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I'll never forget the first word I heard from that first call I made to the National Suicide Hotline all those years ago.
"Talk," said Gary, the hotline operator that I ended up talking to for four hours straight in the middle of the night.
I opened my mouth, but choked back more tears as I struggled to find the words. I cried and I cried at the one word Gary the hotline operator said to me.
Talk. That's the one thing that I hadn't done up until that low point in my life.
Talking was such a foreign concept for me after my mother died from cancer. I was 14 years of age back then. I'm an adult now (if you can even classify 20 years of age as "adult" nowadays), but looking back, I wish I could've opened up more before I called that hotline. But… it was just so hard to.
After my mother died, I moved to a new town, new state, and new region of the country. I was the new kid in town, starting as a freshman in high school. As a quiet new kid with no friends, I was practically destined to be labeled as a loner in school. And honestly, I was.
I'd enviously look at the other tables in the cafeteria and library where kids my age would converse with one another, carefree about real problems in the world. How could I be brave and talk to them when I was a new kid? How could I talk and relate to them when I had witnessed my mom suffering from cancer just a few short months prior? How could I relate to anyone who hadn't had experienced the major life changes that I was experiencing at the time?
The truth of the matter is this: No one should have to suffer from the pain of loss. No one should especially have to suffer from the indescribable pain of witnessing the death of someone who they loved and lost.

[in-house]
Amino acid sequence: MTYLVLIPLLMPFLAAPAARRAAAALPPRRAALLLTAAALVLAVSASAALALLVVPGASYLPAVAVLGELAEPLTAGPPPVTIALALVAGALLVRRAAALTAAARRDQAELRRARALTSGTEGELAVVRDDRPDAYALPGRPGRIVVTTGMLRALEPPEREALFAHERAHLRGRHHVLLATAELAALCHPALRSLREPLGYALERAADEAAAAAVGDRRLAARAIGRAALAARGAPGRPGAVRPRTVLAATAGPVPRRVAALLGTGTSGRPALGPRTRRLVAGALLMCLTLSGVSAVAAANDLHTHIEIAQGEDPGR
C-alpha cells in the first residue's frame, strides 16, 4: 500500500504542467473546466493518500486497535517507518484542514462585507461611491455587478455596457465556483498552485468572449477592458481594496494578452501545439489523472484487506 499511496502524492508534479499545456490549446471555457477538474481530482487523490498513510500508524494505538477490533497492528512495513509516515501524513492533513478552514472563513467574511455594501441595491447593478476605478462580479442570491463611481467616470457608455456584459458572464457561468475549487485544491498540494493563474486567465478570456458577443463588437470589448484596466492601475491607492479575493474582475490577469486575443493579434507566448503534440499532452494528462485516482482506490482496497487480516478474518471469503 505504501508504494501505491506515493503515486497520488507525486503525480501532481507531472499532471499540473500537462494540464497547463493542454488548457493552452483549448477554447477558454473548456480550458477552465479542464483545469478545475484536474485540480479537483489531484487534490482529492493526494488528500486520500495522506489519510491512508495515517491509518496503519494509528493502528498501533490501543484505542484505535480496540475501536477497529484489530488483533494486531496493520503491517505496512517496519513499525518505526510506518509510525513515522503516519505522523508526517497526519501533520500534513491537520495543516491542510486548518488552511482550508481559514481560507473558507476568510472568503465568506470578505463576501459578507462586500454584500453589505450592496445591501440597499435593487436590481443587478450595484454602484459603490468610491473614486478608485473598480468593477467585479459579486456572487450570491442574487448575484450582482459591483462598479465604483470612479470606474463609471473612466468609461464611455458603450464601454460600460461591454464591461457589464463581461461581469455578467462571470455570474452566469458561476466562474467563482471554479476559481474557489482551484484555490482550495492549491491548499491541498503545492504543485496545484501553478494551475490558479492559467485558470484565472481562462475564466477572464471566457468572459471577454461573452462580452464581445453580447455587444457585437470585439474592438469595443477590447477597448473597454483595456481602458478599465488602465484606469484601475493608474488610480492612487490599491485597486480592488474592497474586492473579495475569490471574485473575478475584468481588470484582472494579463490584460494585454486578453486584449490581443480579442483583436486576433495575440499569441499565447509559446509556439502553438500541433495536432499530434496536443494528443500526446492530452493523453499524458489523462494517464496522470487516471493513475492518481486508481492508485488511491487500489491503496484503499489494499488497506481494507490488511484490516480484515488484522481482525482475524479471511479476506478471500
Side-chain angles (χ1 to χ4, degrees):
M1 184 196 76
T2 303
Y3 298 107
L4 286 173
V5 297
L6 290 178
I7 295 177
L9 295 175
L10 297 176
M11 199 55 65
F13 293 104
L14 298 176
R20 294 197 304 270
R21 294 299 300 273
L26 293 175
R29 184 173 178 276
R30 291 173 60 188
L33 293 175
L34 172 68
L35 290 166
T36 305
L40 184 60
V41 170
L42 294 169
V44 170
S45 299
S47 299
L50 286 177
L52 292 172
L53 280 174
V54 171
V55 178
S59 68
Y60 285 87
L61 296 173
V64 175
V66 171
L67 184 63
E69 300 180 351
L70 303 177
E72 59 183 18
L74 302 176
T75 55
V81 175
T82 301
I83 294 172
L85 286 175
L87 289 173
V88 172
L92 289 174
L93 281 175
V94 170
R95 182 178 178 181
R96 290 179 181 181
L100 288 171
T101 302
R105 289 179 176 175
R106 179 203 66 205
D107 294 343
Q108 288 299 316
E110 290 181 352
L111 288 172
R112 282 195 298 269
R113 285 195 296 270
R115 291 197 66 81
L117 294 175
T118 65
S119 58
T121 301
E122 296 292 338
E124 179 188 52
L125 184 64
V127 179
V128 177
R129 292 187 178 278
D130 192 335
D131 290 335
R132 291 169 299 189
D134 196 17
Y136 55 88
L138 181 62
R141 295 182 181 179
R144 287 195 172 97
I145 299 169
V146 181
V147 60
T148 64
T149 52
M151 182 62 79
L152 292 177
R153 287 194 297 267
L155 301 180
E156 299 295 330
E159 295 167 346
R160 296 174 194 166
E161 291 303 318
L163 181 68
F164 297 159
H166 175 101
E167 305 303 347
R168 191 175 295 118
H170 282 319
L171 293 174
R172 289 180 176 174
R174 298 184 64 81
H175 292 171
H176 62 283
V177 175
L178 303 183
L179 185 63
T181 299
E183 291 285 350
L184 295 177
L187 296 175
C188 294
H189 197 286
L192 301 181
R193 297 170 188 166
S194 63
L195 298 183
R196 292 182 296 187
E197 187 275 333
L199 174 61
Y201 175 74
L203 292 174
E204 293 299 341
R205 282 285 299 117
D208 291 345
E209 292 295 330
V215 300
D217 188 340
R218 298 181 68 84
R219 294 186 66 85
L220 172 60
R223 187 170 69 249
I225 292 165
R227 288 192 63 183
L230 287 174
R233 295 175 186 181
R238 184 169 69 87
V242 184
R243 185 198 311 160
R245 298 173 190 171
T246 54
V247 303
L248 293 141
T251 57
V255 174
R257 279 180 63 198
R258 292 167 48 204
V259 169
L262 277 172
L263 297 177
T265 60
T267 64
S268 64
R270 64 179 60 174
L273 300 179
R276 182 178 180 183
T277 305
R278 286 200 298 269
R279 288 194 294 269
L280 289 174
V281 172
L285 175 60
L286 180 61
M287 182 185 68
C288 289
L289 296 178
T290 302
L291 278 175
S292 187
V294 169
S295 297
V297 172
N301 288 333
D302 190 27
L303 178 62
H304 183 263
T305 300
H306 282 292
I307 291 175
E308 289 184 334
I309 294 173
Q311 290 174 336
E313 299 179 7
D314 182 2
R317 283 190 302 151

But I did.
Which is why I felt that I had to keep quiet. Which is why I sat alone at the lunch room tables. Which is why I kept to myself for a full year and a half after my mother died.
That is, until I reached my breaking point.
I nearly almost ended my life when I was a sophomore in high school. I remember the exact date and roughly the same time too that I almost did it. Almost.
It took me a while to reach my breaking point. It was gradual, by no way immediate should I add. But I reached it. To this day, I still can't believe that I almost did. Again, almost.
If it wasn't for Gary, I would've died the night I called the hotline. If it wasn't for Amy, another hotline operator I talked to for hours and hours a few years after I talked to Gary, I would've died back then too. If it wasn't for that one person on that hotline who listened while I talked, there's no way I'd be writing this right now.
I've experienced life in ways that the high school freshman-and-sophomore me wouldn't have dreamed of since those fateful phone calls.
I graduated from high school, which is an achievement that nowadays may seem to be "expected", but for me it meant a lot because my mother didn't get the chance to walk at graduation since she had me when she was a teenager. I decided to go to community college right after high school and recently graduated Summa Cum Laude with an Associate of Arts. And two weeks before I walked the stage at my community college graduation, I found out that I got accepted to my dream college with a full tuition scholarship…
My point is this: There's no way in hell I would've been able to experience life like this without someone who listened.
To every National Suicide Hotline Operator volunteer who has spent countless hours just listening to the vulnerable souls on the other end of the phone, I thank you. Thank you for doing what you do, thank you for putting in the time and giving people like me - someone who has experienced tremendous life changing episodes in life - a chance to talk.
It's not easy to talk, but you are the ones who listen. Thank you.
-------------------------------------------------------------------------------------------------------------------------------If you or someone you know who is in need of someone to talk to, call the National Suicide Hotline via 1-800-273-8255.